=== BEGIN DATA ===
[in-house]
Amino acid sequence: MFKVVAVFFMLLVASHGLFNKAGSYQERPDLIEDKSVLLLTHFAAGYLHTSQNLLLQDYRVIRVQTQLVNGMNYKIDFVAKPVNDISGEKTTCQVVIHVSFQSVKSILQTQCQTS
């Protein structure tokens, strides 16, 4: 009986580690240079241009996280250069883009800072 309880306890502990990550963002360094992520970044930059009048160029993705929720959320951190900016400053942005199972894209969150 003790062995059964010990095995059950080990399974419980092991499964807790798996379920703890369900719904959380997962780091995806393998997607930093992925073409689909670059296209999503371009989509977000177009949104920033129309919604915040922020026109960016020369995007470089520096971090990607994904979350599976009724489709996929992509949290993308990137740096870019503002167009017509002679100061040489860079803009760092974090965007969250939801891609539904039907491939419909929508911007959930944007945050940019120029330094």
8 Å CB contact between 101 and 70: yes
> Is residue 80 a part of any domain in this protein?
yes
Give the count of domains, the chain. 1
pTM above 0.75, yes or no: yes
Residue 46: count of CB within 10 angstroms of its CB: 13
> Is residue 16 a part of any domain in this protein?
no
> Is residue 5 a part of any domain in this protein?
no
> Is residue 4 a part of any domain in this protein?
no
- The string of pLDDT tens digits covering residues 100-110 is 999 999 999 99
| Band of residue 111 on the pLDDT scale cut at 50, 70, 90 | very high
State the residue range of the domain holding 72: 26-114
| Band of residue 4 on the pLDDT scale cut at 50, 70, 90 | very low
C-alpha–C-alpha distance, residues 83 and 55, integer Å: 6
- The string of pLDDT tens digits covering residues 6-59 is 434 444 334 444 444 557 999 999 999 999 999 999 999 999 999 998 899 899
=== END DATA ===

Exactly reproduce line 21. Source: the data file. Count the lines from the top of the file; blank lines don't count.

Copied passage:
- The string of pLDDT tens digits covering residues 6-59 is 434 444 334 444 444 557 999 999 999 999 999 999 999 999 999 998 899 899